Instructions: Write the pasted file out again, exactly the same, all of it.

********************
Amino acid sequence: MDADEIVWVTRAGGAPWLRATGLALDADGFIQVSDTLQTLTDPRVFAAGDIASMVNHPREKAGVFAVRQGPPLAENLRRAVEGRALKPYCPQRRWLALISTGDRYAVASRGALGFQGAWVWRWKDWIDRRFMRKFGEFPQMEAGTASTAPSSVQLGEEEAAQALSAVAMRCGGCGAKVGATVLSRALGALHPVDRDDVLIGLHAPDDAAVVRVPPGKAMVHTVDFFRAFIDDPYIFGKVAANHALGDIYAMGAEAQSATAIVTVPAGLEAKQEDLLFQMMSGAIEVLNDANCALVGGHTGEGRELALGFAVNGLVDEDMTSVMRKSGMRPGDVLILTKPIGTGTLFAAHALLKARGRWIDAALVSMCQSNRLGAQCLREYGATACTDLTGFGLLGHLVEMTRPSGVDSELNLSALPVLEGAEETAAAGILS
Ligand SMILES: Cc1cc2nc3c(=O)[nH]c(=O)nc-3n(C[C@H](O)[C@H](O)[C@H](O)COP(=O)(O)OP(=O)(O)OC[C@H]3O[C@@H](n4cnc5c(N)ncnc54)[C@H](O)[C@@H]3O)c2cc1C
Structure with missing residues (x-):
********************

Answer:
Amino acid sequence: MDADEIVWVTRAGGAPWLRATGLALDADGFIQVSDTLQTLTDPRVFAAGDIASMVNHPREKAGVFAVRQGPPLAENLRRAVEGRALKPYCPQRRWLALISTGDRYAVASRGALGFQGAWVWRWKDWIDRRFMRKFGEFPQMEAGTASTAPSSVQLGEEEAAQALSAVAMRCGGCGAKVGATVLSRALGALHPVDRDDVLIGLHAPDDAAVVRVPPGKAMVHTVDFFRAFIDDPYIFGKVAANHALGDIYAMGAEAQSATAIVTVPAGLEAKQEDLLFQMMSGAIEVLNDANCALVGGHTGEGRELALGFAVNGLVDEDMTSVMRKSGMRPGDVLILTKPIGTGTLFAAHALLKARGRWIDAALVSMCQSNRLGAQCLREYGATACTDLTGFGLLGHLVEMTRPSGVDSELNLSALPVLEGAEETAAAGILS
Ligand SMILES: Cc1cc2nc3c(=O)[nH]c(=O)nc-3n(C[C@H](O)[C@H](O)[C@H](O)COP(=O)(O)OP(=O)(O)OC[C@H]3O[C@@H](n4cnc5c(N)ncnc54)[C@H](O)[C@@H]3O)c2cc1C
Structure with missing residues (x-):